Did "Avatar" provoke any thoughts at all about what life really is? I think Cameron was presenting the possibility that we are energy/spirits who already inhabit our present human bodies as our avatars. I'm open to another explanation for an independent consciousness that is capable of transferring from one body to another.

I must have missed this in "Dances with Wolves" since so many say that "Avatar" is nothing more than a copy.

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  • 3 weeks later...
Besides, nations other than the US call their 'elite' ship-borne infantry "marines" too, right?

Usually they're referred to as sea infantry or naval infantry. Examples:

Spanish: Infantería de Marina (1537)

French: Troupes de marine (1622)

Russian: Morskaya Pekhota (1705)

But in those designations (the Spanish and the French, at least; I don't know about the Russian), none of the words are cognate with "naval" or "sea". "Infantería de marina"/"Troupes de marine" could be translated as "sea infantry" or "naval infantry", but they are not often referred to as such. Thus you yourself show that some nations other than the United States do refer to their amphibious infantry as "marines".

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That is not relevant, the question (of clearly vital importance!) is whether it makes sense for them to call other branches, such as space troops, as marines or not. 'Space marine infantry' just makes as much sense as 'mountain marine infantry' does. Space infantry (cosmic corps, astral army, stellar soldiers, Raumjägers etc.) would make more sense, because other than in English the word marine is not commonly used as the main noun but as a describer, or it means something totally different.

Eg. German Navy - Deutsche Marine, French Navy - Marine Nationale, Swedish Navy - Marinen etc.

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True. My original point was that although the male protagonist in Avatar is referred to as a "marine", this is simply in accord with sci-fi convention; it need not be seen as any sort of implicit jab against the much-decried wars currently being waged by actual Marines (Royal and otherwise).

Perhaps no less-inaccurate term (with regard to infantry which operate extraterrestrially) has caught on because of the implicit metaphorical view of space as akin to the ocean; in other words, evidently spacefaring is seen to a great extent as an extension of the seafaring that humans have been doing for millenia.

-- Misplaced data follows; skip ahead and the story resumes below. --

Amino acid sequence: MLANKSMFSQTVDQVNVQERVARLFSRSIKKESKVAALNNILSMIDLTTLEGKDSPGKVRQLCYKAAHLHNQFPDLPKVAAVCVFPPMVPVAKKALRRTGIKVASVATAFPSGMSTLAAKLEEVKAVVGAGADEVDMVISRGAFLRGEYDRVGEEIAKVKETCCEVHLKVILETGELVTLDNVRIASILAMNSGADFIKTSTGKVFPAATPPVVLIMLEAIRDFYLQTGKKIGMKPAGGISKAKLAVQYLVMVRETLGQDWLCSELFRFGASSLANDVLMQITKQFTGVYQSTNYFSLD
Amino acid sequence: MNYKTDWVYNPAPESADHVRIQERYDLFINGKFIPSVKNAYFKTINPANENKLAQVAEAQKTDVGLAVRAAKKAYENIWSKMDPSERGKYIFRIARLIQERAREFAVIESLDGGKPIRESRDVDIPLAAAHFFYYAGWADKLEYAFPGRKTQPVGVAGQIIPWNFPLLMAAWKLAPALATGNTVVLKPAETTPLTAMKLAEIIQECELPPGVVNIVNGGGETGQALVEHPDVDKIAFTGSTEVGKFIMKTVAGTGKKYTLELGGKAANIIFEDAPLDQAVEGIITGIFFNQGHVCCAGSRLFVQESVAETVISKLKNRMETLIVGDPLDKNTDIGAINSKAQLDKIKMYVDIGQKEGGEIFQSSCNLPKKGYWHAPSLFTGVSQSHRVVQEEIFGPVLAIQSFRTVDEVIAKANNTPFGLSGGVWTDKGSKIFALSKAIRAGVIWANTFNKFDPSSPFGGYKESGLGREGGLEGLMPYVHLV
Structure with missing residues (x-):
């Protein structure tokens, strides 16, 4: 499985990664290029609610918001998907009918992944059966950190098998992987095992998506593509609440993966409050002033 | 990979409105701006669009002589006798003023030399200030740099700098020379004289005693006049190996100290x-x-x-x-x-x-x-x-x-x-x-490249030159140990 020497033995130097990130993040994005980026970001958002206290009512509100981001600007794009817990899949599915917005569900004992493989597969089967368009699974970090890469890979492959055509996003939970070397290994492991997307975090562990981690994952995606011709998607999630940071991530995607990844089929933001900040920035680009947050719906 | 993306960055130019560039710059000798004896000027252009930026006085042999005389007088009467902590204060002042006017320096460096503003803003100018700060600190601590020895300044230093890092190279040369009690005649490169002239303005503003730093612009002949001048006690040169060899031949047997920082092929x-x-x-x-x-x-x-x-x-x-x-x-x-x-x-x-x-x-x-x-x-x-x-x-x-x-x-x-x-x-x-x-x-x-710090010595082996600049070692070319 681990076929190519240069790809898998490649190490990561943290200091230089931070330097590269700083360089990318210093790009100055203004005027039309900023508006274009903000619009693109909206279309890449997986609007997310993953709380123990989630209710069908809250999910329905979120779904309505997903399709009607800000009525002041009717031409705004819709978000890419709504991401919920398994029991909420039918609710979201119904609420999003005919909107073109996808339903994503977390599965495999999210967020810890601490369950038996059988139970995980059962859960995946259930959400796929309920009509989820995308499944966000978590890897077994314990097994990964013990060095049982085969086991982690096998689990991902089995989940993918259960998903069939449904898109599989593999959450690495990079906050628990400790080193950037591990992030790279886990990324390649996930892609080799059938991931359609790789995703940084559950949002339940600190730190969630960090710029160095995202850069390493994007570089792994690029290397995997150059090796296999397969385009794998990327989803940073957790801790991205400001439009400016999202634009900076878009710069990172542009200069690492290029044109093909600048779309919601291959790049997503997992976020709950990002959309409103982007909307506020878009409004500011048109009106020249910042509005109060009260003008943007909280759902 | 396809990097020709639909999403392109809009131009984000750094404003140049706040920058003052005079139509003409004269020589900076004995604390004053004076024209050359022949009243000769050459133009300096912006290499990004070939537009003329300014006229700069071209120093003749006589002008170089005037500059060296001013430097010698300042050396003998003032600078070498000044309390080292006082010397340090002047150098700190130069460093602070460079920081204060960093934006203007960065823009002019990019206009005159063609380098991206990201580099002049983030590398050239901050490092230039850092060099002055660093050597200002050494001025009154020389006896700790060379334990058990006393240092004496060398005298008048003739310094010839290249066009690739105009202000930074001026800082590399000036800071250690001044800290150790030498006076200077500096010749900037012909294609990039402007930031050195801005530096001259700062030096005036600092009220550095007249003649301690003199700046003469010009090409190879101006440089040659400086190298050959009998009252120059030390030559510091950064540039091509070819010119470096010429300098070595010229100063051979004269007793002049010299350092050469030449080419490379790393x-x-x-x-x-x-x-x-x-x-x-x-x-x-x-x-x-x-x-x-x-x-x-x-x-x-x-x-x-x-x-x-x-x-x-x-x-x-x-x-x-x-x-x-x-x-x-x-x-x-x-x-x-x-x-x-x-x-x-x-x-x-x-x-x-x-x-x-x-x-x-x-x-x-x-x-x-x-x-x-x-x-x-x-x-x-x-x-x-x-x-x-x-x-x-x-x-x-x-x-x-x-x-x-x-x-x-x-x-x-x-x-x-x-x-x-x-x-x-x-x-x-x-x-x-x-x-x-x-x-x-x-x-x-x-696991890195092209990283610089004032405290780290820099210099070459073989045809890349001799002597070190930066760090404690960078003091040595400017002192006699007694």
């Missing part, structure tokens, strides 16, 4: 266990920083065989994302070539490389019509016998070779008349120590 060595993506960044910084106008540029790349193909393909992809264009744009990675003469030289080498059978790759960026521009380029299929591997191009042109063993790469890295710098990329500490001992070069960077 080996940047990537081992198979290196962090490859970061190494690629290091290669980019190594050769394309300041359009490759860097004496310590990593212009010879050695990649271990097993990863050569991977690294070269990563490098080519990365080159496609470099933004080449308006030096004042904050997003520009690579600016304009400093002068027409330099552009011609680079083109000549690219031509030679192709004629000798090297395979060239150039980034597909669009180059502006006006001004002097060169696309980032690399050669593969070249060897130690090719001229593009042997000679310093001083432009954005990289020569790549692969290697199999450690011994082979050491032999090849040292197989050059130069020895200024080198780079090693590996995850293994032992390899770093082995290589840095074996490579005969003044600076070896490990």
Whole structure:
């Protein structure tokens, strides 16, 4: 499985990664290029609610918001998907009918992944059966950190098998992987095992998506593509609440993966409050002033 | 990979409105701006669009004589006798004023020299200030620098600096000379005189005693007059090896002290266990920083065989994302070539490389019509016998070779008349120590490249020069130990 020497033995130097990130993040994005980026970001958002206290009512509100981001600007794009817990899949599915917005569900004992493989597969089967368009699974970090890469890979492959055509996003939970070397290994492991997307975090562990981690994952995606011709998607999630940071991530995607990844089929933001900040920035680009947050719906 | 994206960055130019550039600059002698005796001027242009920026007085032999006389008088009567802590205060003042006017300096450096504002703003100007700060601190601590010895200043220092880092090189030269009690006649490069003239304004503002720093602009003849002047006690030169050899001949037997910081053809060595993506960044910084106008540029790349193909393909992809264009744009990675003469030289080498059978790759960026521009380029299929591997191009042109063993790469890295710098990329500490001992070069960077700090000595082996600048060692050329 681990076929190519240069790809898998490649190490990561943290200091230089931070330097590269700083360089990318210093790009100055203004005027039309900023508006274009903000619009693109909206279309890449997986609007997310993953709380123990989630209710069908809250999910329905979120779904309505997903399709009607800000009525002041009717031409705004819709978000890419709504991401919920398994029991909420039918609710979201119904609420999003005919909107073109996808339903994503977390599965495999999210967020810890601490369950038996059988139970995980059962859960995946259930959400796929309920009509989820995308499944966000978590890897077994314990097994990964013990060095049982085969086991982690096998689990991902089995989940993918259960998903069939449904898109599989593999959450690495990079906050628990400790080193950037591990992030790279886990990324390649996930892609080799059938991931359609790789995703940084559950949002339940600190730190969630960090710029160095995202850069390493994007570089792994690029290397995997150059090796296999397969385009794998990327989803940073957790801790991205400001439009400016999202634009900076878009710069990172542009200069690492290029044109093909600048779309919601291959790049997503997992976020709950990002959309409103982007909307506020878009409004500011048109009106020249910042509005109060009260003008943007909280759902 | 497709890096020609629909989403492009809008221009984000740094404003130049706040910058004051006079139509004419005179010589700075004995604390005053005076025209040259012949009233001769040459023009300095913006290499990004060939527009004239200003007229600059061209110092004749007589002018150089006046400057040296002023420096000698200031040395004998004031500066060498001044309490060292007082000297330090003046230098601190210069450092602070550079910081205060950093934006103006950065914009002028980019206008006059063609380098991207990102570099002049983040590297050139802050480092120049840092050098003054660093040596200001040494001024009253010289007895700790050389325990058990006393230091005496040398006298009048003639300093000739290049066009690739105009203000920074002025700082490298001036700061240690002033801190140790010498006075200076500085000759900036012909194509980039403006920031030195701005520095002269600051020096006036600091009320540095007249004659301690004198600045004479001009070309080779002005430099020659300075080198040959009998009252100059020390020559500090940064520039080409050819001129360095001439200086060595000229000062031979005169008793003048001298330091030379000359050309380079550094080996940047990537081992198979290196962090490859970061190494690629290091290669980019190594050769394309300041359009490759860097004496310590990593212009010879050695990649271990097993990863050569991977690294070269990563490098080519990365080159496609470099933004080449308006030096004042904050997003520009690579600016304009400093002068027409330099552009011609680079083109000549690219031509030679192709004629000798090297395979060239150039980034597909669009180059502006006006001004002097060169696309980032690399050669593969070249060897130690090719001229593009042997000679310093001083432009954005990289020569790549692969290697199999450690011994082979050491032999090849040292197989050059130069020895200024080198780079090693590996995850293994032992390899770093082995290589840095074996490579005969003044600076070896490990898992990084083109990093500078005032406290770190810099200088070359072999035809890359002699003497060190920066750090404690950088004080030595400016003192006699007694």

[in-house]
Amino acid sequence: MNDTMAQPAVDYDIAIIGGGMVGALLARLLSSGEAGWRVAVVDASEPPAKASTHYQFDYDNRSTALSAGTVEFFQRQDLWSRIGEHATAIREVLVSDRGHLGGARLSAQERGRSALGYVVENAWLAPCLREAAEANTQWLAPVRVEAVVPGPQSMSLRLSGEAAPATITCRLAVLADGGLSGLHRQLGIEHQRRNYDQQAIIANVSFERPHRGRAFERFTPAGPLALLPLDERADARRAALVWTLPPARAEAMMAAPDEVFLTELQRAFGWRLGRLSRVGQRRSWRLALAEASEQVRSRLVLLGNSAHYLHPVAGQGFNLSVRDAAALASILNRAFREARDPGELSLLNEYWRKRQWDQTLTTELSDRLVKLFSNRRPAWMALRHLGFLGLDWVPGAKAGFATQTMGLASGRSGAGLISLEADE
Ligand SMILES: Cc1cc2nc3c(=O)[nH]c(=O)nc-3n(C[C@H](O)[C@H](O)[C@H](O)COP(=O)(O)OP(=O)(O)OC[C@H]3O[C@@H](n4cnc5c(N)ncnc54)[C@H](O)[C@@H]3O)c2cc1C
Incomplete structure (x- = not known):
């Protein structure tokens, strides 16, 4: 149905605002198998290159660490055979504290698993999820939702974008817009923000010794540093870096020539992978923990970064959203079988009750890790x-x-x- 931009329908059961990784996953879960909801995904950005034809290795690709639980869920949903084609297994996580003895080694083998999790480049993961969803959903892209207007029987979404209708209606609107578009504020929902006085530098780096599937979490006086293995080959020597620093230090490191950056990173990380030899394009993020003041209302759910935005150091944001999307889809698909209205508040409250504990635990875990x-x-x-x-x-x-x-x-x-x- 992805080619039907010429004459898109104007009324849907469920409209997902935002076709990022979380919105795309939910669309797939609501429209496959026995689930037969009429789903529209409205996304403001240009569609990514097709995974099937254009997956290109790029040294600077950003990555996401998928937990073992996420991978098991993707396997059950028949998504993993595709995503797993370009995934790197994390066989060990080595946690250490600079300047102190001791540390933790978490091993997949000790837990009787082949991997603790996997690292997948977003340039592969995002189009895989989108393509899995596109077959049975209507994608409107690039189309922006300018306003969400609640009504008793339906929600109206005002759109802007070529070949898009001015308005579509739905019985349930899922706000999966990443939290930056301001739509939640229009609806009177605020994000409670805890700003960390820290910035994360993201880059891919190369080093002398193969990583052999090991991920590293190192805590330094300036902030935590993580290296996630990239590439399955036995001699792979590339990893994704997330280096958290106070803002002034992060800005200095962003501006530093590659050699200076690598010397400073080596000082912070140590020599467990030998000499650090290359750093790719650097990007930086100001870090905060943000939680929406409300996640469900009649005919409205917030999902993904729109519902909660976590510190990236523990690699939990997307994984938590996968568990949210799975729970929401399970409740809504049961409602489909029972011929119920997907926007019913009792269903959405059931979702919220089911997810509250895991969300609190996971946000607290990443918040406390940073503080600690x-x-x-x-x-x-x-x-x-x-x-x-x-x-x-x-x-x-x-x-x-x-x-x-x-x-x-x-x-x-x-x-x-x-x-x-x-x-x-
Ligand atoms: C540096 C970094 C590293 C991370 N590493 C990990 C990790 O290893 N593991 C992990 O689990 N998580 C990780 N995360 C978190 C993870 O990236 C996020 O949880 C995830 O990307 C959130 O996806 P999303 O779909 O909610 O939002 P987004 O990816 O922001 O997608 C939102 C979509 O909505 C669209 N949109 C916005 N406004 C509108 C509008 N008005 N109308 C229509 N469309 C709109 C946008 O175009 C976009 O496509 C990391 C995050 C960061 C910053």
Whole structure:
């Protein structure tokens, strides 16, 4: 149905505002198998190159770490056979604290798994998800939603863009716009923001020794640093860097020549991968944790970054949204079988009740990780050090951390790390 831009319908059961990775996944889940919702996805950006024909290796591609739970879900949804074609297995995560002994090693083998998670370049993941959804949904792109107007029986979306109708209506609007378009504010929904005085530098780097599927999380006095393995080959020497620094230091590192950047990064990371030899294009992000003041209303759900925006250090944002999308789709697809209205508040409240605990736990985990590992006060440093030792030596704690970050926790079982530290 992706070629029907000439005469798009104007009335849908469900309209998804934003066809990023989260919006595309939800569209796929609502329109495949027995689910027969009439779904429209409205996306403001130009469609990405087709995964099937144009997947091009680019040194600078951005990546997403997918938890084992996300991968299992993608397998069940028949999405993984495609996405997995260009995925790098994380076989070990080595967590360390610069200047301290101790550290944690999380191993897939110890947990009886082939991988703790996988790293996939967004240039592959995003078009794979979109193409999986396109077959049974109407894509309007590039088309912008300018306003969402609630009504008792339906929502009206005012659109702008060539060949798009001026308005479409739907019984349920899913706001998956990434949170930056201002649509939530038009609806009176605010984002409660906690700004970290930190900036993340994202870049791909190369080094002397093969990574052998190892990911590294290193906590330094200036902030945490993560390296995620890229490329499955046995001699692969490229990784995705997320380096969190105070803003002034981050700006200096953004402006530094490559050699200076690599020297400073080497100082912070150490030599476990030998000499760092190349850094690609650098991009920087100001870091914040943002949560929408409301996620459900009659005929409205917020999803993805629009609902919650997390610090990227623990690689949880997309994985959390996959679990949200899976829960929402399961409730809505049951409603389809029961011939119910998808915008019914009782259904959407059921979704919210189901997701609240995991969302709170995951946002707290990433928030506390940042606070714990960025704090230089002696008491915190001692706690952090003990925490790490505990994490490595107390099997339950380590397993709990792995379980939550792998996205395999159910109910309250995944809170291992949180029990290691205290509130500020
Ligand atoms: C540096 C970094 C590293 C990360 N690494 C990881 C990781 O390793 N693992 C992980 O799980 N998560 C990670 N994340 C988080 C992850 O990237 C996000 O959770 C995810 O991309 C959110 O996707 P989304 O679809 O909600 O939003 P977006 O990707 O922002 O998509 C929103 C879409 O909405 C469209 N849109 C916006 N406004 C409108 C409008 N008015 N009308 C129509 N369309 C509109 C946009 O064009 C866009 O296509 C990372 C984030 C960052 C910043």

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Perhaps no less-inaccurate term (with regard to infantry which operate extraterrestrially) has caught on because of the implicit metaphorical view of space as akin to the ocean; in other words, evidently spacefaring is seen to a great extent as an extension of the seafaring that humans have been doing for millenia.

I think you may be on to something there. There is a fair amount of otherwise silly anachronism in SF. Look at the amount of swordplay that turns up in the distant future, for instance. Whether or not such weaponry might conceivably be practical in some distant setting is beside the point. It gets thrown in because it has romantic appeal.

In the case of spacefaring as an extension of seafaring, I think the parallel is even more solid. At least psychologically, the carry over should be quite clear. One leaves one's home on a voyage to cross a vast distance that could take a lifetime.

Michael

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There is another aspect that tends to make people think of "marines" in these SF contexts: it is natural to associate the term "marines" with a vision of troops riding vessels to an alien shore, then invading it using special techniques and vehicles...a skill that American Marines are amply famous for world wide.

Similarly, the commonly used term "paratroops" well known to the public, has also been expended upon by SF authors to convey a sense of those fighting men, e.g. Robert Heinlein's "starship troopers."

By now, SF and fiction have done a real PR job (as if historic achievement were insufficient) for the Marines and also to some extent the paratroopers. Perhaps only Special Forces (the Green Berets) has a similar cachet with the public, though perhaps a bit well less known. It is natural for people to associate these terms with certain scenarios. Authors and screenplay writers can now count upon the public's familiarity with these units and readily use it, exploit it and abuse it.